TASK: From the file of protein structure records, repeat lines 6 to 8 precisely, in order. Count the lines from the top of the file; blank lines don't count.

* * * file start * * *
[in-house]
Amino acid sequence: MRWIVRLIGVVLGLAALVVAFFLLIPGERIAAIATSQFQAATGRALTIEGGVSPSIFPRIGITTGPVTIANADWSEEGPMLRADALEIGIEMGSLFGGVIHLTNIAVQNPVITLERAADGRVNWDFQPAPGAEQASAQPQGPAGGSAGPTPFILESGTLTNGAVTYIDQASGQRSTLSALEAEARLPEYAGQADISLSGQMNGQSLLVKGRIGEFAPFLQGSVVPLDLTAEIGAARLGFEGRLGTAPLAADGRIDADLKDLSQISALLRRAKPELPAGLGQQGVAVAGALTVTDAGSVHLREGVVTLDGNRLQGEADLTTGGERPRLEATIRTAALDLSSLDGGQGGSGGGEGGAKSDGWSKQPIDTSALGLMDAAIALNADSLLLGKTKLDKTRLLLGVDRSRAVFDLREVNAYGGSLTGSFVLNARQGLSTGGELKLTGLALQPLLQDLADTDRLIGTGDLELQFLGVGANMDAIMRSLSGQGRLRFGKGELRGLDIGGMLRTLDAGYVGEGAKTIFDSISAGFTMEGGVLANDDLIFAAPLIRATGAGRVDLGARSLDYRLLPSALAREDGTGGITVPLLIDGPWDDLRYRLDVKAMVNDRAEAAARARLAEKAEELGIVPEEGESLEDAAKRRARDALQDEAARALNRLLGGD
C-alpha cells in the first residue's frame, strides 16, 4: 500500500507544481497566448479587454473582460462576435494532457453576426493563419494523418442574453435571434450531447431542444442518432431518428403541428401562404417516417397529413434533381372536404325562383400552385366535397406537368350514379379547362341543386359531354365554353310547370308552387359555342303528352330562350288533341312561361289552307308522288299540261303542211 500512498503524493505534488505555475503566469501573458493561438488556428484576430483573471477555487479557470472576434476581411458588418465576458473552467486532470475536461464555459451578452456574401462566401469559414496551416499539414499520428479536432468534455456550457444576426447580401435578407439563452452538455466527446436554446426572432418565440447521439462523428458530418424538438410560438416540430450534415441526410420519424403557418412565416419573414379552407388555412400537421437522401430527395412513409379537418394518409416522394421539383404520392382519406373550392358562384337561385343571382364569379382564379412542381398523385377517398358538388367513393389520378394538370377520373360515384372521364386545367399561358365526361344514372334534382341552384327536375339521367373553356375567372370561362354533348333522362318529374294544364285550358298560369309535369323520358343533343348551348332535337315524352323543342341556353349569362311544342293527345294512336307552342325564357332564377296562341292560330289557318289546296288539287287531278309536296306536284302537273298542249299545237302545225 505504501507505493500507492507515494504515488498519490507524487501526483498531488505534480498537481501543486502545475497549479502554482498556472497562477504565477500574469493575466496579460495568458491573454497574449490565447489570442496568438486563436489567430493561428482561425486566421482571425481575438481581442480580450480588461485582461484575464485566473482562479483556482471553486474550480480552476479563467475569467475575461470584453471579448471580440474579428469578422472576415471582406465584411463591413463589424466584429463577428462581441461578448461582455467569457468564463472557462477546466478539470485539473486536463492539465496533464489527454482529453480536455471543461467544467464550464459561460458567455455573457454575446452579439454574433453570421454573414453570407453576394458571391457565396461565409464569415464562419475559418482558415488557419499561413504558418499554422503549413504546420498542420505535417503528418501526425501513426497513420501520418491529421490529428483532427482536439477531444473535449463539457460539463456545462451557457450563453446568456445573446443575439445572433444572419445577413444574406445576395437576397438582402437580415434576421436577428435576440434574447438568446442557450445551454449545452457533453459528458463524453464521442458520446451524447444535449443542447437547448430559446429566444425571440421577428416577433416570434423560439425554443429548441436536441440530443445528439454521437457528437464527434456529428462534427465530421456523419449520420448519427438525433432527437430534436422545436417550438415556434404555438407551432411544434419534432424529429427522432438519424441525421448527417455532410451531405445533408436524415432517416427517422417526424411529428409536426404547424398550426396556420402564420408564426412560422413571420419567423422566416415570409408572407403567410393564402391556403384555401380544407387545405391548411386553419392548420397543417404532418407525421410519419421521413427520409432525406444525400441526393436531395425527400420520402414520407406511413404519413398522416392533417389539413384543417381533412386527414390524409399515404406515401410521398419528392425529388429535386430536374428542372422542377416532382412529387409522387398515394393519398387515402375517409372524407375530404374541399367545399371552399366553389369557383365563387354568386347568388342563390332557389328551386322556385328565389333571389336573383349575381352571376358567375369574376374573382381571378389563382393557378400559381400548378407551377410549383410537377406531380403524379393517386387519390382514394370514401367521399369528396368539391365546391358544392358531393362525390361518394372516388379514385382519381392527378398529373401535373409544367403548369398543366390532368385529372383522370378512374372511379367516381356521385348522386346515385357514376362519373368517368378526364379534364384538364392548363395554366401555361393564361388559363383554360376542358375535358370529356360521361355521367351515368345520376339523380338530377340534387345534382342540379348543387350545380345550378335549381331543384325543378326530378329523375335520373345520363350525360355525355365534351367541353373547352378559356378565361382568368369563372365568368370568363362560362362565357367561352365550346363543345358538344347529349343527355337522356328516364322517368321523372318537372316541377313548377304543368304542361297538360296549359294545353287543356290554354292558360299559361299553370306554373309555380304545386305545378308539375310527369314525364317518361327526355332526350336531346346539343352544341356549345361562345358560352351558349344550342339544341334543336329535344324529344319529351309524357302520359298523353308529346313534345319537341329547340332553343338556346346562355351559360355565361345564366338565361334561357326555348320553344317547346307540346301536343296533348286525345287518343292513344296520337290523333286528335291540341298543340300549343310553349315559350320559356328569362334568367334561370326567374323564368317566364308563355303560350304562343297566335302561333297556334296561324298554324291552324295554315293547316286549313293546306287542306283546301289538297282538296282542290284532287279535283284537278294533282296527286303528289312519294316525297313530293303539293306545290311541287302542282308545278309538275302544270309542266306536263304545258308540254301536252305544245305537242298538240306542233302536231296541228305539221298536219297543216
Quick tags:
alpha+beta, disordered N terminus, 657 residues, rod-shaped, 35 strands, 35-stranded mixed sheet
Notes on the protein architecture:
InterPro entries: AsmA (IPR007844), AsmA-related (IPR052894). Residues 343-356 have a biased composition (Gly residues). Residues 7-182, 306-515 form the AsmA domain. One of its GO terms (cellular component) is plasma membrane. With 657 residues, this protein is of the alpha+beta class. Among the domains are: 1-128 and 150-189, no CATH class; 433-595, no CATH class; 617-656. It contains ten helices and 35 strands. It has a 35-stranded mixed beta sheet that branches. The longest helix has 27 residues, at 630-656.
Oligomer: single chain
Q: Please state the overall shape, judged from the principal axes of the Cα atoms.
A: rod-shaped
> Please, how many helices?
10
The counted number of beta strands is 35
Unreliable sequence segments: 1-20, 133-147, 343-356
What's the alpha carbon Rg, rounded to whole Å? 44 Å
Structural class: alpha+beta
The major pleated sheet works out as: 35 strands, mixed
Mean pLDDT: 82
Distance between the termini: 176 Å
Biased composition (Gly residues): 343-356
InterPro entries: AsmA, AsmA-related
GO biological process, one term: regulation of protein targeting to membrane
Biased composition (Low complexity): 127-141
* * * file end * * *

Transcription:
Notes on the protein architecture:
InterPro entries: AsmA (IPR007844), AsmA-related (IPR052894). Residues 343-356 have a biased composition (Gly residues). Residues 7-182, 306-515 form the AsmA domain. One of its GO terms (cellular component) is plasma membrane. With 657 residues, this protein is of the alpha+beta class. Among the domains are: 1-128 and 150-189, no CATH class; 433-595, no CATH class; 617-656. It contains ten helices and 35 strands. It has a 35-stranded mixed beta sheet that branches. The longest helix has 27 residues, at 630-656.
Oligomer: single chain